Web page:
Skip to Content
Streetsblog New York City home
Streetsblog New York City home
Log In
DOT

Janette Sadik-Khan: Bridge-Fixing Fanatic

1:24 PM EDT on September 7, 2011

Sadik-Khan with SI Borough President James Molinaro and ##http://www.streetsblog.org/2011/01/28/oddo-bike-lanes-were-just-to-grab-attention-for-loosening-enviro-review/##bike-hating## Council Member James Oddo. Photo: NYC DOT via The New York Observer

Matt Chaban at the Observer has filed a balanced, thorough and, dare we say, mature profile of Janette Sadik-Khan. If you haven't seen it yet, it's definitely worth a read.

Eschewing the pat cars vs. bikes conceit, and with nary a mention of the commissioner's sartorial preferences, Chaban examines NYC DOT spending and wonders why critics refuse to acknowledge that, under Sadik-Khan, the agency is busting its hump to keep roads and bridges in good shape for motorists.

Of the 775 projects funded under the current capital plan, only a handful involved pedestrian plazas, like the closure of Times Square and the rest of Broadway, or bike lanes, like the litigious route along Prospect Park West. Some of these projects are so cheap, they do not even make the budget. All told, DOT has spent $19.2 million on plazas and $15.8 million on bike lanes. That is less than 1 percent of all capital spending over the past four years.

“She has done more for drivers than anyone since Robert Moses,” one transportation professional told The Observer.

All of which means nothing, Chaban writes, to a media and political establishment wedded to the status quo. When politicos and the press go into convulsions over the slightest perceived inconvenience to the motoring minority, when a junk lawsuit literally drives the news cycle of the city's paper of record, DOT's success stories don't stand a chance.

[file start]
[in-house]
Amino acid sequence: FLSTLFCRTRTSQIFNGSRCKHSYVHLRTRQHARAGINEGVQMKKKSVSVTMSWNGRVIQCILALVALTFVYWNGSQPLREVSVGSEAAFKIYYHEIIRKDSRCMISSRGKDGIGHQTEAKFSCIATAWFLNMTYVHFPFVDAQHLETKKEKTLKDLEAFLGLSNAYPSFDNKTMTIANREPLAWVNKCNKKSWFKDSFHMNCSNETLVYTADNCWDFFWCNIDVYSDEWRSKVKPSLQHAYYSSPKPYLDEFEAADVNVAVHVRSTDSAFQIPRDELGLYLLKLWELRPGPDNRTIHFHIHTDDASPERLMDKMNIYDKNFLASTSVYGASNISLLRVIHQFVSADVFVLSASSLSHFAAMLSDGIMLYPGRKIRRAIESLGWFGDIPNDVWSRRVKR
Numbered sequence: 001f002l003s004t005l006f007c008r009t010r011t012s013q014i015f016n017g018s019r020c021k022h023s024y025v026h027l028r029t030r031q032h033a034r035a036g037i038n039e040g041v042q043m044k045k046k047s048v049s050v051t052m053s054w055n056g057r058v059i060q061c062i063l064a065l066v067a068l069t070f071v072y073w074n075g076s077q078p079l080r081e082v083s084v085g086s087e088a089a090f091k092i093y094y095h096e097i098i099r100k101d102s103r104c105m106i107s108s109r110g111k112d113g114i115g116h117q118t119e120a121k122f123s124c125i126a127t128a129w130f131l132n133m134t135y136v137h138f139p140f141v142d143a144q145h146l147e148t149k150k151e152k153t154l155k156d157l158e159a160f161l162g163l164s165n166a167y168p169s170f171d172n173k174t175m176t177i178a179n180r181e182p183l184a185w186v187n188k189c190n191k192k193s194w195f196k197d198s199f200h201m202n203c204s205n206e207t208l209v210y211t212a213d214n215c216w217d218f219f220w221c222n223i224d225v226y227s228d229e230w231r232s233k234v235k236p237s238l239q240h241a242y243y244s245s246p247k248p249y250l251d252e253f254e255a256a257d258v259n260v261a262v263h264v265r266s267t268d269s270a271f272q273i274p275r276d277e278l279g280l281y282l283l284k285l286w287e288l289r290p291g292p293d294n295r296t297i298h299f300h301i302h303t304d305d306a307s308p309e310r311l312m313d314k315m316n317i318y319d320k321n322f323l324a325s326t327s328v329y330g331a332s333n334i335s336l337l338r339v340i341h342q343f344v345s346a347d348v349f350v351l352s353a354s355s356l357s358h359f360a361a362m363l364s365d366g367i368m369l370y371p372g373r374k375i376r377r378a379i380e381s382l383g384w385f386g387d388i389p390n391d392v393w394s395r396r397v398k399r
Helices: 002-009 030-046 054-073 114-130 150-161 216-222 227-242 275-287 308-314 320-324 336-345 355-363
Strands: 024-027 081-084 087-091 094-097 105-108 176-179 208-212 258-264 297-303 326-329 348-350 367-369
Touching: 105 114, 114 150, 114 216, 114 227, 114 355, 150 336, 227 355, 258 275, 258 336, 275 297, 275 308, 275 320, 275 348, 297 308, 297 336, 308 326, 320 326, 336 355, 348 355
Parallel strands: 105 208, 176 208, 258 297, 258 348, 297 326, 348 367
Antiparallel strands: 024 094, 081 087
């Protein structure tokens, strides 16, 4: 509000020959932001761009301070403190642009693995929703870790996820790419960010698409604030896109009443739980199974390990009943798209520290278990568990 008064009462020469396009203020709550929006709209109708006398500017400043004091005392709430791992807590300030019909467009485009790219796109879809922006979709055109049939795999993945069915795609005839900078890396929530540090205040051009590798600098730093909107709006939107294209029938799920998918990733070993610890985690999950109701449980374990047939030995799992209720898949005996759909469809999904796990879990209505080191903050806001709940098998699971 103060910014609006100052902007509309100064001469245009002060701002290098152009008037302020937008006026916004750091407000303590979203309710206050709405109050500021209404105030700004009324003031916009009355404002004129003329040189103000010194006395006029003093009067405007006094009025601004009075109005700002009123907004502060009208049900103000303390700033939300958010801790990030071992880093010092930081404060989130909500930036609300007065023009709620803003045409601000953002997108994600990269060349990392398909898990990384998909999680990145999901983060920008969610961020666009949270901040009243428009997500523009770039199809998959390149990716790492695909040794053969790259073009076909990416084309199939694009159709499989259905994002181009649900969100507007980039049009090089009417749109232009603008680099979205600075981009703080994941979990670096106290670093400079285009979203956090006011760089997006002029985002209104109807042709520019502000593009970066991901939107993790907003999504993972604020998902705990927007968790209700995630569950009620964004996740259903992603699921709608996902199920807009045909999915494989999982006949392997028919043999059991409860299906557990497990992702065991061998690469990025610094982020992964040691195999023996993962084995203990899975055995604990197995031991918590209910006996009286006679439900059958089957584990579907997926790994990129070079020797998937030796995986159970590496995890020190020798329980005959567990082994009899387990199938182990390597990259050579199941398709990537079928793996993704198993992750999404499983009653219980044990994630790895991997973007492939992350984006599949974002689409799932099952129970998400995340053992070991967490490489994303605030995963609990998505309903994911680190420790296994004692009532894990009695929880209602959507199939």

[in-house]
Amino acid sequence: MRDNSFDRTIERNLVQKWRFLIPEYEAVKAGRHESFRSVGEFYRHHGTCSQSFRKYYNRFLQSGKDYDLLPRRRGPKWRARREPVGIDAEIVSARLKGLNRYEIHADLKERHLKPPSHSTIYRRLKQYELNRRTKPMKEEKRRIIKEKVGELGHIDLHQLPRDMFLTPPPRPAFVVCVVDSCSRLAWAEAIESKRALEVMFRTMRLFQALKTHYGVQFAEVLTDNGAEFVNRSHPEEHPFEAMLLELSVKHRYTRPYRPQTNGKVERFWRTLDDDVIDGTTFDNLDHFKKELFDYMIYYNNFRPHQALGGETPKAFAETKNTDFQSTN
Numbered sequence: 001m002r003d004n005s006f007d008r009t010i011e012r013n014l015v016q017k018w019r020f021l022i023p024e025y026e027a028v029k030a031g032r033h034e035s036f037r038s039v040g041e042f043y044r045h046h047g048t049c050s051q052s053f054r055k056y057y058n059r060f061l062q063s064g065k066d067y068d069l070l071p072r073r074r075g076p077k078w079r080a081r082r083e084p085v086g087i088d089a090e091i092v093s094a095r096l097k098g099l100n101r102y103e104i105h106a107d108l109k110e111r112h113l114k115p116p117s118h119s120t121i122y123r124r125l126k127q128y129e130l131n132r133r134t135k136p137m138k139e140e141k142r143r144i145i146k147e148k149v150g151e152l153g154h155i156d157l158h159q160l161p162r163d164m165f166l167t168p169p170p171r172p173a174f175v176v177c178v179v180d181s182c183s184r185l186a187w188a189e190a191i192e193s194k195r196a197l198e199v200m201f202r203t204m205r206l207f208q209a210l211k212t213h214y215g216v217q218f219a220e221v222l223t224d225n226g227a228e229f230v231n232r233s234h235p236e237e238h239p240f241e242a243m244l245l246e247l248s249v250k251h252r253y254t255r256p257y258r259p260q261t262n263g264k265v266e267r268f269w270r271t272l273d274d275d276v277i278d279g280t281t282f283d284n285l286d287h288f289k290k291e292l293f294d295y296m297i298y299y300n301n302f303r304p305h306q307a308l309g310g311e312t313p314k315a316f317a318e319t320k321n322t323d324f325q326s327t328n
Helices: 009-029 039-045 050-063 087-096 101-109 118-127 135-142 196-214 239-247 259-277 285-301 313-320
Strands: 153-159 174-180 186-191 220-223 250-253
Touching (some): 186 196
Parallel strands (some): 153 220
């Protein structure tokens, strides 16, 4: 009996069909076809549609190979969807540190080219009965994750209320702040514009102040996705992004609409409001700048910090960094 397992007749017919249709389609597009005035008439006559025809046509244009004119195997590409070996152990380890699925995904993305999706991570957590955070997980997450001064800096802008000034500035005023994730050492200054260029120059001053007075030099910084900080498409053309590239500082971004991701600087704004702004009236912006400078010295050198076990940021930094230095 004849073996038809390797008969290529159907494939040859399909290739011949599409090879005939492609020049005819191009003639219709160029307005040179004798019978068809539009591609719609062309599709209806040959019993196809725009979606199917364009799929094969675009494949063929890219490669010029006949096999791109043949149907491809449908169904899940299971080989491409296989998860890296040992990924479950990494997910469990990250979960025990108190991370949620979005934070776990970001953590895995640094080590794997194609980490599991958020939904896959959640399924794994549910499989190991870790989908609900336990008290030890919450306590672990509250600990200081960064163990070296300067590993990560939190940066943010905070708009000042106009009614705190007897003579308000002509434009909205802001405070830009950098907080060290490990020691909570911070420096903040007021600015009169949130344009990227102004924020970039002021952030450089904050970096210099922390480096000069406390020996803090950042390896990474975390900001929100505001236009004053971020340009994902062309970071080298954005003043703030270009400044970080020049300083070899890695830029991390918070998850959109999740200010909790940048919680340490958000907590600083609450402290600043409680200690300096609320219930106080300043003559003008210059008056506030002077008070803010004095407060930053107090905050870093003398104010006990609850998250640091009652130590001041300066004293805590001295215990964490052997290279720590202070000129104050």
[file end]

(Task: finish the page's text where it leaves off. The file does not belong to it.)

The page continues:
Of course no one ever flipped breathlessly to a story about a pothole-free street, or a pedestrian who made it home safely. ("So much of what DOT does is invisible," says Sam Schwartz.) But Chaban notes that even a sure-fire spectacle like the replacement of the Willis Avenue Bridge only got play for a day or two, "compared to at least a year’s worth of reports lambasting bike lanes." Another example: If any media outlet in the city has connected the makeover of Times Square with the subsequent rise in retail rents, please send us a link.

If the city were really ramping up cyclist and pedestrian infrastructure at the expense of motorists, at least Sadik-Khan's detractors, misguided as they may be, would be arguing from a point of fact. But as it is DOT is making New York a more livable city on the cheap with little to no impact on drivers -- if anything, the emphasis on maintenance and repair is a blessing for motorists -- and is saving lives in the process. Only through willful ignorance could this story continue to go untold.

Stay in touch

Sign up for our free newsletter

More from Streetsblog New York City

Underhill Ave. Still In Limbo Two Weeks After Mayor Promised Decision in ‘A Day Or So’

The mayor's perception of time differs from that of mere mortals, but he did say on Feb. 5 that he would decide "in a day or so." It's been two weeks.

February 21, 2024

Data Dive: More Delivery Workers are Registering Their Mopeds 

“If you have plates, [the police] won’t summons you,” Junior Pichardo told Streetsblog the other day on Flatbush Avenue. “They won’t bother you.” 

February 21, 2024

Why Your City Needs a Walkability Study

Two urbanism rockstars are joining forces to bring a game-changing analysis to more cities — and spilling some trade secrets about low-cost design strategies that get people moving.

February 21, 2024

Wednesday’s Headlines: No Times Like This Times Edition

Did the metro editors at the Times have drinks with their New York Post counterparts last week? Plus other news.

February 21, 2024

Tuesday’s Headlines: The Polk’s on Us Edition

Our investigative reporter Jesse Coburn won a Polk Award for his three-part, seven-month "Ghost Tags" investigation. Plus other news.

February 20, 2024
See all posts